Led Zeppelin had written a song after its name to signify an 'idea of life being an adventure and being a series of illuminated moments.' To some Kashmir is jannat on earth, to others it is the crown of India, and yet others take it as a contested place whose beauty surpasses its turmoil. To me Kashmir has been a poetry that unfurled like a flower with each passing day, and bloomed to its glory in my imagination once I had bid adieu to it.
The craggy serpentine roads winding its way around the hills like a scarf batters your body to no measure. Stop at one of those road-side stalls and enjoy a plate of special Kashmiri rajma-chawal (rajmash or kidney beans with rice), before continuing further to reach the capital. It's a picturesque painting that conjures before your eyes— charming gable-roofed houses and tall poplar and willow trees complimenting the blue-green hills and the silver shimmery expanse of the lake.
A befuddled mind and a sore body needs no more rejuvenation than the breathtaking view of a lush lake dotted with shikaras and houseboats, while soaring snow-clad hills flanked by hotels and shops line its banks.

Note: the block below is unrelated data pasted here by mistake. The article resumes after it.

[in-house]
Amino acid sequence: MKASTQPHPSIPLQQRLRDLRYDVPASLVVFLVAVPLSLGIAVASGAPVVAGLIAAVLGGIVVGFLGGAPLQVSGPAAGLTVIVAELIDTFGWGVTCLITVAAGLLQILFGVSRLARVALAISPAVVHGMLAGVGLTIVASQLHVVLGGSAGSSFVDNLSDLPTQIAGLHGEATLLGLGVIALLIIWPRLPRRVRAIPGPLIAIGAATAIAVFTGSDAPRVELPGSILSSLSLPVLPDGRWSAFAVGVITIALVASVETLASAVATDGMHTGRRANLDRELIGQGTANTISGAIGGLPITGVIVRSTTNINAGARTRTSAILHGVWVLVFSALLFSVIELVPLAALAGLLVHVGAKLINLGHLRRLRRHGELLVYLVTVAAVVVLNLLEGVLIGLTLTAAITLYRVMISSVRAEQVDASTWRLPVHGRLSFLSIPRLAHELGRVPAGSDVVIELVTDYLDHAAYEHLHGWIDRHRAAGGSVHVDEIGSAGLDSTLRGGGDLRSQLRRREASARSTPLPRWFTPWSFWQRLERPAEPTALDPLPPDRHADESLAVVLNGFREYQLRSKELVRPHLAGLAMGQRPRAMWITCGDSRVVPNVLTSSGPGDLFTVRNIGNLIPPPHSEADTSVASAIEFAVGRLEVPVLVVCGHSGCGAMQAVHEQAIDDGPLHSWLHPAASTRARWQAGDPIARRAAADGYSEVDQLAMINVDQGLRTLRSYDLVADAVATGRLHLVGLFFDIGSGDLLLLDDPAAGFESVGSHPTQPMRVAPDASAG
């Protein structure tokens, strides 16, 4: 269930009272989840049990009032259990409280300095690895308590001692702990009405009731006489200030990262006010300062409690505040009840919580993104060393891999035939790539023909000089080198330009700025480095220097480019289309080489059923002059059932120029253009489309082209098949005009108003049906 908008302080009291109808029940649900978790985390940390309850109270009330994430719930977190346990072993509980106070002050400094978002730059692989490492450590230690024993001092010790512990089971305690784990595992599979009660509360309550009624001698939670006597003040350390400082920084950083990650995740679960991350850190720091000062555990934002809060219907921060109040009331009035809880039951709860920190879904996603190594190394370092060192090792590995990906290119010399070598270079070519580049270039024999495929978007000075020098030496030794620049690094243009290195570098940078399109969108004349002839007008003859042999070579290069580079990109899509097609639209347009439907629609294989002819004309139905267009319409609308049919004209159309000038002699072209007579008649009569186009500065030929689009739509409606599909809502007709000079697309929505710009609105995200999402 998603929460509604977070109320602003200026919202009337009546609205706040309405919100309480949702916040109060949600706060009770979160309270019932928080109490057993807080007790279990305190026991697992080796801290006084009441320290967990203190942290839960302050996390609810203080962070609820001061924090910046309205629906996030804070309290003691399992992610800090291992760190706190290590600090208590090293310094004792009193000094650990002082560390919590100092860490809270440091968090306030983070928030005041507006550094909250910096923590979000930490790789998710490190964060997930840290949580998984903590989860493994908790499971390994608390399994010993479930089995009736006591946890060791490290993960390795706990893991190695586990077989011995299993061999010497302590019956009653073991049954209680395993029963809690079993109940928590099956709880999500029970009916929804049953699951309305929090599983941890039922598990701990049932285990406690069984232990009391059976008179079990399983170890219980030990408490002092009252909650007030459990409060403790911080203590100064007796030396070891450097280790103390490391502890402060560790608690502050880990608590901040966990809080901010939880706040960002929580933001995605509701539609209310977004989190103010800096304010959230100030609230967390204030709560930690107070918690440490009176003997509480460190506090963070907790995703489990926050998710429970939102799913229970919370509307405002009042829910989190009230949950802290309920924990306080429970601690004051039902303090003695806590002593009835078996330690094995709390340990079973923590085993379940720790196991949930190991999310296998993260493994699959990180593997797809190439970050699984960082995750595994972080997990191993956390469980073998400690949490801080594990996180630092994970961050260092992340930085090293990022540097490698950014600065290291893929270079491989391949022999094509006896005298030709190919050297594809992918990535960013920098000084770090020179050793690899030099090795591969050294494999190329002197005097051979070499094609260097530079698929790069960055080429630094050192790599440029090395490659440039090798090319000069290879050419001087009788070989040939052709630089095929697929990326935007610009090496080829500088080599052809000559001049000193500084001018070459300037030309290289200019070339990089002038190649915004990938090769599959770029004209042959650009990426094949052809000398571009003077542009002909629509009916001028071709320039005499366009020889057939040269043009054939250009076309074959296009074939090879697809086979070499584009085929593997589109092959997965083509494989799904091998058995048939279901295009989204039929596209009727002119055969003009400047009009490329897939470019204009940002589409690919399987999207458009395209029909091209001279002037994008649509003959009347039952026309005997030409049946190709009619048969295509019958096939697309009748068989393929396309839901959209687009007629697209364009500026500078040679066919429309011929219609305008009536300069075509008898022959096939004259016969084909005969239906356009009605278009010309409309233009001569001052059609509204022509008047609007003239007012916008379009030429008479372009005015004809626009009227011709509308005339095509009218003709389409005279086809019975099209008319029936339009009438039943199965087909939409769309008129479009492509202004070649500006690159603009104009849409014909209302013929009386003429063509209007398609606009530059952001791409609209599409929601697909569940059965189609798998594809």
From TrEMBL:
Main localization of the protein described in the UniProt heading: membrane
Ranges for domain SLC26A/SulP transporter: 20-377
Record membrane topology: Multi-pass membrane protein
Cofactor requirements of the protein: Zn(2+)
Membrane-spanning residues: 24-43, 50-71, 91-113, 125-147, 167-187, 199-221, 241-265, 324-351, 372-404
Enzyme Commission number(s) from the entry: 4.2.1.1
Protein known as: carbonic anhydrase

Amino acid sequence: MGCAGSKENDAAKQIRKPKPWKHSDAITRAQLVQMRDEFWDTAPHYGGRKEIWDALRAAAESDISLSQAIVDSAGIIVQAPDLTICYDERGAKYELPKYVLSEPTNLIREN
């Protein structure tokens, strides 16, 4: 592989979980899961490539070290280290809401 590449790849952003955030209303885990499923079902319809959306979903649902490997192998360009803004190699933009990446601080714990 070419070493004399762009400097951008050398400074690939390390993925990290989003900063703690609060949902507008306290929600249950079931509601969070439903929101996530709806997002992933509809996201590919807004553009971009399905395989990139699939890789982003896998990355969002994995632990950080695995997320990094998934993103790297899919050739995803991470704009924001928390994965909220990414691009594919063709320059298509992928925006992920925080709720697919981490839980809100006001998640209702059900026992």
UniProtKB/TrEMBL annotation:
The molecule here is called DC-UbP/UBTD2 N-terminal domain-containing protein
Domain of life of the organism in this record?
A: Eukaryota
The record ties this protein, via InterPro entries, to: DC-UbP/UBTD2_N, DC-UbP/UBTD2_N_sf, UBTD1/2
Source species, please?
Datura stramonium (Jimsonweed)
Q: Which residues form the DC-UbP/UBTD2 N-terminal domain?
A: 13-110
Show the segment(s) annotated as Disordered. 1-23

But beneath the mesmerising beauty of nature, lies a more complex politics of human reality. Land and water itself is torn by it. Business has compelled people on land (hoteliers) to discourage tourists to stay on water (in house boats), and once on water you would be discouraged to be on land. There are markets both on land and on water. The floating market is not atypical of Thailand alone!
Follow the cedar-lined winding road that leads to the white mountains. The serene white mountains against the blue sky beckon you to its high gardens and beautiful springs.
Follow the road further and start climbing the beckoning mountains. Moss green grass and ferns along the mountains slowly turn to powdery snow that wraps the mountain tops. Go ahead and reach Gulmarg. It's a snow village. Several feet deep snow blankets the entire village—from treetops to houses, bridges and lakes.
When the village remains still snow-clad, try the several winter adventures like taking a gondola ride, riding a sledge, motor skiing, zorbing and others. Sonamarg, further away from Gumarg, is equally entrancing and mesmerising.
Drink a serving of kesar and almond infused local tea, Kahwa. Kesar (saffron, India's best available in Kashmir) and almond is said to keep you warm from the cold bites of the white mountains.
The white mountains almost become a fairy land, far too idyllic and romantic to be true, once you are in the plains of the valley. But on a rainy day the swollen lake is no less a sight to behold! The glassy lake hums a pitter-patter song as the clouds pour down on it.
Bid goodbye to this lake city of Kashmir with a handfull of wild blooms, the lapping sounds of Dal Lake and the bustling crowd of Lal Chowk.